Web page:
Cornelia Hediger was awarded a Master of Fine Arts from the Mason Gross School of the Arts at Rutgers University. Her work has been widely exhibited in the US, as well as internationally and in 2009 she was awarded a PDN’s 30: Emerging Photographers to Watch. Her photographs have been featured in New York Magazine, HotShoe, Vision Magazine, Photography Quarterly, Photo+ and Phat Photo amongst others.
Though photographer Hediger describes herself as private, she mines her own life for her work, as she explains: “I use photography as a visual diary. The inspirations are drawn from my own life.” Both creator and subject of her work, Hediger thinks of herself as a performer who enacts her own internal dialog in front of her camera. By staging ambiguous, impressionistic scenes, she deliberately allows room for interpretation, effectively balancing the personal with a more universal experience of the self.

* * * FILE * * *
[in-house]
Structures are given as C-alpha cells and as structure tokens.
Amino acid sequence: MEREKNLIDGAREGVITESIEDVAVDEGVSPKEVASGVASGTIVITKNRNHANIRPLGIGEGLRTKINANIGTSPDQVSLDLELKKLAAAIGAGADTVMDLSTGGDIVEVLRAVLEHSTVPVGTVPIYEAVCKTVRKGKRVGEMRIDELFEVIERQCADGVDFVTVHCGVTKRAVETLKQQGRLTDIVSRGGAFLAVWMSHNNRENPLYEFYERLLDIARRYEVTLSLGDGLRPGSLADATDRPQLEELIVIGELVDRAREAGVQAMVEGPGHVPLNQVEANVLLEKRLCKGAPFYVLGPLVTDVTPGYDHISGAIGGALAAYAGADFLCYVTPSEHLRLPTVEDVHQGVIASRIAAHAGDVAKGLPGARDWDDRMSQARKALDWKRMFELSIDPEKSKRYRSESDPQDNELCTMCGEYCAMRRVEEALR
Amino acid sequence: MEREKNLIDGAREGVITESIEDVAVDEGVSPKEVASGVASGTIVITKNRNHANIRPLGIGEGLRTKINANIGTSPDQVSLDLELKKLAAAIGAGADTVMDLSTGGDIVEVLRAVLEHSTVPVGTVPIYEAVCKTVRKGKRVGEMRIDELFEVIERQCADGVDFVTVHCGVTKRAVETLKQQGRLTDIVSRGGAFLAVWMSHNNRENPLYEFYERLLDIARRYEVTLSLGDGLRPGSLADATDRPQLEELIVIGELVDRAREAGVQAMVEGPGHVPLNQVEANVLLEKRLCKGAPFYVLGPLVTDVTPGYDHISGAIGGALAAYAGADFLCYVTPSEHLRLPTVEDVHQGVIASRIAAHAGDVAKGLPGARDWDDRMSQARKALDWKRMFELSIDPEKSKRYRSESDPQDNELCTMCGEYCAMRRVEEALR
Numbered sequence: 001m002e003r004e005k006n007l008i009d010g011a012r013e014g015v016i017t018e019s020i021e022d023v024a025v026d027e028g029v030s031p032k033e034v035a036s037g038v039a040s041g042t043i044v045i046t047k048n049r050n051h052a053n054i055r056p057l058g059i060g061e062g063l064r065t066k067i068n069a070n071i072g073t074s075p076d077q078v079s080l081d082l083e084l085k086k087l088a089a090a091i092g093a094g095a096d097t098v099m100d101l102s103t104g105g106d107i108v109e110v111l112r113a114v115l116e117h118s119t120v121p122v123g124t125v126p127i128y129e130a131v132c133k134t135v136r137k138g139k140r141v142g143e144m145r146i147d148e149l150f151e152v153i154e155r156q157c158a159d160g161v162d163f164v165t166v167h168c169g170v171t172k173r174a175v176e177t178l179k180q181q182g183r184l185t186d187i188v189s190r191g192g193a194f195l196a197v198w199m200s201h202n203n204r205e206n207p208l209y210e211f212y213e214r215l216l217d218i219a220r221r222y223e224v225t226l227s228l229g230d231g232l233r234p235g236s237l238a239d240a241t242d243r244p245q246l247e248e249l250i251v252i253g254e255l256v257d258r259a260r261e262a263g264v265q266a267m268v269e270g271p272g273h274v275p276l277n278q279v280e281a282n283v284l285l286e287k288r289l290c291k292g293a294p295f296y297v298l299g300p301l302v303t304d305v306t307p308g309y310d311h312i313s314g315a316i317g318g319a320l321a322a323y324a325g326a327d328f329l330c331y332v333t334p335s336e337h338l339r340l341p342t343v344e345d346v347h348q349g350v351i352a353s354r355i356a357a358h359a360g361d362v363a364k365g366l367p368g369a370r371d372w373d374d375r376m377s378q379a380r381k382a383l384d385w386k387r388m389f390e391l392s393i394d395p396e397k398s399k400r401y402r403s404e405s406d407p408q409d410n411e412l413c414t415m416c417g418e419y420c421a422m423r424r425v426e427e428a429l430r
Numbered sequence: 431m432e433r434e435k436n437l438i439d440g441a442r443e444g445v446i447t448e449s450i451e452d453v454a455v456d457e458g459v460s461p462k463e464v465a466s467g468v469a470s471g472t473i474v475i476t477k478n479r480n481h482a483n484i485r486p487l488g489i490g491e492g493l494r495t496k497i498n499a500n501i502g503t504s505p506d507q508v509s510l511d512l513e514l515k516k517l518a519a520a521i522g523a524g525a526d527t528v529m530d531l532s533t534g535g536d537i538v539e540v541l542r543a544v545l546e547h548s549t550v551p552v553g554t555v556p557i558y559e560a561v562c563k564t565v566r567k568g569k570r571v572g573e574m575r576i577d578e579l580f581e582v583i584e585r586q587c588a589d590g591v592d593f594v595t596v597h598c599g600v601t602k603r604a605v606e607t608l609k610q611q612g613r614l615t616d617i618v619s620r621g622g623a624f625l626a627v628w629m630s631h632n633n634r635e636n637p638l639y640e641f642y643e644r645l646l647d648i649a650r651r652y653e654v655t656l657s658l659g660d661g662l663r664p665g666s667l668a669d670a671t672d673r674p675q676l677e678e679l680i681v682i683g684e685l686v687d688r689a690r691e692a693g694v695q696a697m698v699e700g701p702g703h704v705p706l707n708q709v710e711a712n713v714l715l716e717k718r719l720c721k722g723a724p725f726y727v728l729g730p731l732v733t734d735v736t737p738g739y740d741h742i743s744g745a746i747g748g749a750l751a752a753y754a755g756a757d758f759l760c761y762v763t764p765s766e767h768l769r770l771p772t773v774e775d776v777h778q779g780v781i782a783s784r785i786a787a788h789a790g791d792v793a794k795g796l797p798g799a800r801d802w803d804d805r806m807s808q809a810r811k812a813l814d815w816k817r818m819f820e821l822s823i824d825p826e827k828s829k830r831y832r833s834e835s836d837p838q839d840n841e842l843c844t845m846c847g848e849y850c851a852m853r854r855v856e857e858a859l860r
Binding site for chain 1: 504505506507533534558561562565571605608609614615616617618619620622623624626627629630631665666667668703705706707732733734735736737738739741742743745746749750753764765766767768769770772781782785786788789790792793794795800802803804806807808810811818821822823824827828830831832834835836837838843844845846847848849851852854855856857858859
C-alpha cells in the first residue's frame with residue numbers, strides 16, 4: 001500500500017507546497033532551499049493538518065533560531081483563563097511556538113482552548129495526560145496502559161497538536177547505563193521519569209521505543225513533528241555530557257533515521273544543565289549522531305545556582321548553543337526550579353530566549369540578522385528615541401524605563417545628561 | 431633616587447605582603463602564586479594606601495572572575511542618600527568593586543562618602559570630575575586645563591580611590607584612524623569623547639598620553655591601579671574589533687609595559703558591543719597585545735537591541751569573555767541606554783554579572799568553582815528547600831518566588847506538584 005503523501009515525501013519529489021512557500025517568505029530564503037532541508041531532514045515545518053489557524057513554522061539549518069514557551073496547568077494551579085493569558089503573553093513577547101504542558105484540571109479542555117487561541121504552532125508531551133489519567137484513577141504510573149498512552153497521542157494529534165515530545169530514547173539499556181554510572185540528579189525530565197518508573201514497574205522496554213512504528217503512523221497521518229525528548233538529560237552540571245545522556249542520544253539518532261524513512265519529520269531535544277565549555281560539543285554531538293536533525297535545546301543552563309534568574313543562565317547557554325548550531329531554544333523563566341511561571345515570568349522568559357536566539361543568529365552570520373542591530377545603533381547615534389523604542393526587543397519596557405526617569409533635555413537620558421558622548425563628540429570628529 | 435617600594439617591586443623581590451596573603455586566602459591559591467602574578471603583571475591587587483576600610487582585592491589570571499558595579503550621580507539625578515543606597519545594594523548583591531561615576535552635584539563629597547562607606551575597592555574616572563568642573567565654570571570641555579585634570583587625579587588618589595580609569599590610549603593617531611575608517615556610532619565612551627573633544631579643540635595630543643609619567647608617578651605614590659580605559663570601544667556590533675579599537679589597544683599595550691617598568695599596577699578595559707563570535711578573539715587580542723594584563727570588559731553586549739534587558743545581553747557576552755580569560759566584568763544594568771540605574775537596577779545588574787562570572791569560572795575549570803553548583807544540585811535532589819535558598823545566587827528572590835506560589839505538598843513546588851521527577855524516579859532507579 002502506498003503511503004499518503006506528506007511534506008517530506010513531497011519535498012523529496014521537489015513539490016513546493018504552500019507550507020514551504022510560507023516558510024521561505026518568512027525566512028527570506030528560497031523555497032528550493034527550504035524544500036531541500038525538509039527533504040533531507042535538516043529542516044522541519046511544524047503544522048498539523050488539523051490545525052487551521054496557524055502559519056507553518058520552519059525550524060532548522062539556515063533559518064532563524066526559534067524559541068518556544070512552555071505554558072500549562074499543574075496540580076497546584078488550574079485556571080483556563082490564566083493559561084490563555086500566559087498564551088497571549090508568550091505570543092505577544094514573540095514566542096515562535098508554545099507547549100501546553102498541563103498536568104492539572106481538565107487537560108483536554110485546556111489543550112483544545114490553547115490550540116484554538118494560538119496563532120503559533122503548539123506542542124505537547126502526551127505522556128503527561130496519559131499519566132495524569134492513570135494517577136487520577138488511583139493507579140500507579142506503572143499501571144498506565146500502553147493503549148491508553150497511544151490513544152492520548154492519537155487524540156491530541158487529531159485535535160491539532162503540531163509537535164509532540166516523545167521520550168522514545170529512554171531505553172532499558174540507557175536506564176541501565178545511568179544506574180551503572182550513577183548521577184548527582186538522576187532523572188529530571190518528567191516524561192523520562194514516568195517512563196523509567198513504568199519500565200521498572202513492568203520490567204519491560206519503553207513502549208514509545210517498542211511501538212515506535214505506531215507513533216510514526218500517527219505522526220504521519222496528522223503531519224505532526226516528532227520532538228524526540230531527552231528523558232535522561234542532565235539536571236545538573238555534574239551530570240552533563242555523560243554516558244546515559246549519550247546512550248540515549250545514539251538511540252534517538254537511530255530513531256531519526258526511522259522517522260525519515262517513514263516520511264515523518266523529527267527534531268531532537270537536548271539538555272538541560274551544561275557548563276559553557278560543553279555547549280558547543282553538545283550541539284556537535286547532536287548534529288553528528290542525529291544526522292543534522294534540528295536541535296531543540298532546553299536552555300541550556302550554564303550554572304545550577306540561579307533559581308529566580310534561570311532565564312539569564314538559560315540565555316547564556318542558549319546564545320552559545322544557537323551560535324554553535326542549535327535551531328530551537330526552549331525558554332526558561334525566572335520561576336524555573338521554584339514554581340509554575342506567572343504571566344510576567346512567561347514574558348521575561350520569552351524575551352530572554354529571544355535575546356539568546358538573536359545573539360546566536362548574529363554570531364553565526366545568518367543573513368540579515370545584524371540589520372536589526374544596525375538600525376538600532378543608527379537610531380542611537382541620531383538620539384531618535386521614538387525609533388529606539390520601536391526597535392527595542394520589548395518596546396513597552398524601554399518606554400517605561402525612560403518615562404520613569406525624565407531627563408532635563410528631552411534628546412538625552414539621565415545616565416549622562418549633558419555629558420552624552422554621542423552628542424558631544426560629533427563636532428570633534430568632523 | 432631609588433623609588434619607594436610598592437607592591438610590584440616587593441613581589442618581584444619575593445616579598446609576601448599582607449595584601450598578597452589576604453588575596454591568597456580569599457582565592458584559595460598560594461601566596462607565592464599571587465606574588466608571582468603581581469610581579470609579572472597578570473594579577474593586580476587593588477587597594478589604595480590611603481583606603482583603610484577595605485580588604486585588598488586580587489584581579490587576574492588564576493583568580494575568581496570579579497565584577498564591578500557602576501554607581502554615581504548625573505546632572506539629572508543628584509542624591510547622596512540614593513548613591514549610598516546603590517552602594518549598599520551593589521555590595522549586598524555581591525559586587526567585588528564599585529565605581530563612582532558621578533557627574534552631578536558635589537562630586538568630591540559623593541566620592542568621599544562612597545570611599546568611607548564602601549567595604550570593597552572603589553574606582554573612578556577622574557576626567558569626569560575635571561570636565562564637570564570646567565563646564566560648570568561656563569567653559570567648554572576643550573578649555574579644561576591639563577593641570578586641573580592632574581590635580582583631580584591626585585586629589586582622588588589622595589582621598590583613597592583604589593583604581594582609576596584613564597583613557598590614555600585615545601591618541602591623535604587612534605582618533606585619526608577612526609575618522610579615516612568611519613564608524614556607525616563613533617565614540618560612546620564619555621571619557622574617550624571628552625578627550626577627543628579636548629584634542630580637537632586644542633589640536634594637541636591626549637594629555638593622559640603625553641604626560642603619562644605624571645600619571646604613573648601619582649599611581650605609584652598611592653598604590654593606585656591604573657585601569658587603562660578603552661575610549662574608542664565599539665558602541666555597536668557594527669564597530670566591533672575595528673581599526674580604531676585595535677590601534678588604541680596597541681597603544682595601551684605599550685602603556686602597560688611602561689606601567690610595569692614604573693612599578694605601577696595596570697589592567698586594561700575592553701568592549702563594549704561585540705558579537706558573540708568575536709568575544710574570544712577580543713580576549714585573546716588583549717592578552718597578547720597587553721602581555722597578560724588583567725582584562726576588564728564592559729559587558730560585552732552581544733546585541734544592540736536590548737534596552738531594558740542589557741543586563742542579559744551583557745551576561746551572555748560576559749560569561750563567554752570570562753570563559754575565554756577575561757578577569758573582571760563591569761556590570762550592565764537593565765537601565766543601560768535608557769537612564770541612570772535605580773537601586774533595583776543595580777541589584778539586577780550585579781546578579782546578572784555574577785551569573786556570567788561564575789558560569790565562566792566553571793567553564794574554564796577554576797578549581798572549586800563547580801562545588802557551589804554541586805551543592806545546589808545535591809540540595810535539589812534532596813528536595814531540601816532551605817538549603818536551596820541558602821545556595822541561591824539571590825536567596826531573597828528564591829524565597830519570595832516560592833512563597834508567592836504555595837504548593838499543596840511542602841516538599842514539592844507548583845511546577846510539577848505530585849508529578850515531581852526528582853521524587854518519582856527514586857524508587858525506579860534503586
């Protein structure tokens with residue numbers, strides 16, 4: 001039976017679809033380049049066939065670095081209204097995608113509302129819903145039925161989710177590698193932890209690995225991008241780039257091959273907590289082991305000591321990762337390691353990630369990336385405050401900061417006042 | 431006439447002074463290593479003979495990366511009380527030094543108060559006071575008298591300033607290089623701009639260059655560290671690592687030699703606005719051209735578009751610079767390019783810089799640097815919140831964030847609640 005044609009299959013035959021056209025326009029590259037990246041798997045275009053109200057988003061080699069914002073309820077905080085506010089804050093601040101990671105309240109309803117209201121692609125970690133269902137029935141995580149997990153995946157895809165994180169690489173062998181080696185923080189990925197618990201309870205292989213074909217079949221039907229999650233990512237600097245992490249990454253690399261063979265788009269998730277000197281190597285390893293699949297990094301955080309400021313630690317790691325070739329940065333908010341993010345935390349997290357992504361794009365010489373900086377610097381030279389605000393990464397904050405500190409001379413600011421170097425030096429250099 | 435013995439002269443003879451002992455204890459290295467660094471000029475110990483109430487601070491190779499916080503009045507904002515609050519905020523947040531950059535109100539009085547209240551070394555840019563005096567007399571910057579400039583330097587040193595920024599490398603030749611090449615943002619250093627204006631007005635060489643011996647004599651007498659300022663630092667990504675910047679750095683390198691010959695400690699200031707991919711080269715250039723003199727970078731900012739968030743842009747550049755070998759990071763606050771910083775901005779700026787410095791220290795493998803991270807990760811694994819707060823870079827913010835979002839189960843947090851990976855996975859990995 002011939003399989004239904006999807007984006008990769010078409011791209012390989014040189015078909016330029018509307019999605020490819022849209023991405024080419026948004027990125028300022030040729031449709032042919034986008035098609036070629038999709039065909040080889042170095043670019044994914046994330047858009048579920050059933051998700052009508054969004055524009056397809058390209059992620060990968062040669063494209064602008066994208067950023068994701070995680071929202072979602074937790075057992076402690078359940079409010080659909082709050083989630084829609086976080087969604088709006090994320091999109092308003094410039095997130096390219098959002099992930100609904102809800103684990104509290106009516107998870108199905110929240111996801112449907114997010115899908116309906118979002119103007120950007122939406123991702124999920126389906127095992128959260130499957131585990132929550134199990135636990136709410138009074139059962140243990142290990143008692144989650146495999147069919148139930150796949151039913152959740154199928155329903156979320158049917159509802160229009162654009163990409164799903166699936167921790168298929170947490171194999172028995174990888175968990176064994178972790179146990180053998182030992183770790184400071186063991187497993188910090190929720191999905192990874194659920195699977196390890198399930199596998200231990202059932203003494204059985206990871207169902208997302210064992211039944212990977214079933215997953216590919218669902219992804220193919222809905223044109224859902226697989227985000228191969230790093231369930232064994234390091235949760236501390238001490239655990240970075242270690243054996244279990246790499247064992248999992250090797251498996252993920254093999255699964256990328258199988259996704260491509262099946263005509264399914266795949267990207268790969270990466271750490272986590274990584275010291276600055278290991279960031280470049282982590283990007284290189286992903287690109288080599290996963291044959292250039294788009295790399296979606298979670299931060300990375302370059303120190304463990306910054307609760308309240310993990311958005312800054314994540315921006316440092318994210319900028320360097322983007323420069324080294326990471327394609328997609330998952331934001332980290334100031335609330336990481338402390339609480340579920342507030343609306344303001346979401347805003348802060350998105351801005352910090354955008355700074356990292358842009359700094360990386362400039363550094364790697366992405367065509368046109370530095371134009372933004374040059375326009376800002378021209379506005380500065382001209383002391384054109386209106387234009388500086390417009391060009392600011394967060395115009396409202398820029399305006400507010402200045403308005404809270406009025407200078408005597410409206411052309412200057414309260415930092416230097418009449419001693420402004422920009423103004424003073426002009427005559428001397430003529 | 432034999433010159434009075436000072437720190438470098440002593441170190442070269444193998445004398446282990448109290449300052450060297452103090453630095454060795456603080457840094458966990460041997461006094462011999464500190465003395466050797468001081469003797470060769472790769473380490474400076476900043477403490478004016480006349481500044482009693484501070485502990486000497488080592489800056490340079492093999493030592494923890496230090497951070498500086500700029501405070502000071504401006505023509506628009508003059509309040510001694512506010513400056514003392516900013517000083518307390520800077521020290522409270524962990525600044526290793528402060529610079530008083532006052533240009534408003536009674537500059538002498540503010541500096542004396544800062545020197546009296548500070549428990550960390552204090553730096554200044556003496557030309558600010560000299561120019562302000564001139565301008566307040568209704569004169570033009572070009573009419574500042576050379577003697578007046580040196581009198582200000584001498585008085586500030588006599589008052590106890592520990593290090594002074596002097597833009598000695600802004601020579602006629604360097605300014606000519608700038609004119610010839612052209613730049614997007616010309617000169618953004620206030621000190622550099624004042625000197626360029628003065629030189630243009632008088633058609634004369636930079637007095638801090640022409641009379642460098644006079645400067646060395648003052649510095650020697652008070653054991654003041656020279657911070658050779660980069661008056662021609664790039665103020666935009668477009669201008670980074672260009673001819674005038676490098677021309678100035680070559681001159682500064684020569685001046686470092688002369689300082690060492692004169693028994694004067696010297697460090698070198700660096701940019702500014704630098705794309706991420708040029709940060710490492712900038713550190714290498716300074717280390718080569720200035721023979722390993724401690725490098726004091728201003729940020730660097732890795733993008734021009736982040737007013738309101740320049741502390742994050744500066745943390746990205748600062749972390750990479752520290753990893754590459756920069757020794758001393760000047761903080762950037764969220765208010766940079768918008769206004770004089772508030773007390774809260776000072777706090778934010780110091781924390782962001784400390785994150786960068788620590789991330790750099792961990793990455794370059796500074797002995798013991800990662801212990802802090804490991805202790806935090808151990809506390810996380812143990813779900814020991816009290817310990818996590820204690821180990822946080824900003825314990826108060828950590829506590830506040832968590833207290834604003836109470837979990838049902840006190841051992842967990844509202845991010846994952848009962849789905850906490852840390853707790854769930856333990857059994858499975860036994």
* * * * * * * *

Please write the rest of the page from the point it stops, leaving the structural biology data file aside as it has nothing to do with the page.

Her series of “Doppelgänger” portraits portray contrasting aspects of her self, creating suspenseful and awkward narratives. For this series, Hediger shoots single images in the same environment and composes them in a grid. Her style of composition allows for the distortion of sizes in both space and body; the grids she uses to configure these distortions also break up her images, further reflecting the presented fractured sense of self. Hediger prefers to work alone as an artist because of the time and patience it takes to design her set and capture all of the images in just the right positions.
Of her series, Hediger says, “I was interested in exploring the concept of the Doppelgänger in a broader way. Doppelgänger in German means ‘double walker’, it is a ghostly double of a living person, an omen of death and a harbinger of bad luck. The idea of the Doppelgänger also allows me look the alter ego, the conscious mind vs the unconscious mind, inner conflicts, the duality between good and evil and split personalities – the concept gives me plenty of material to think about and work with.”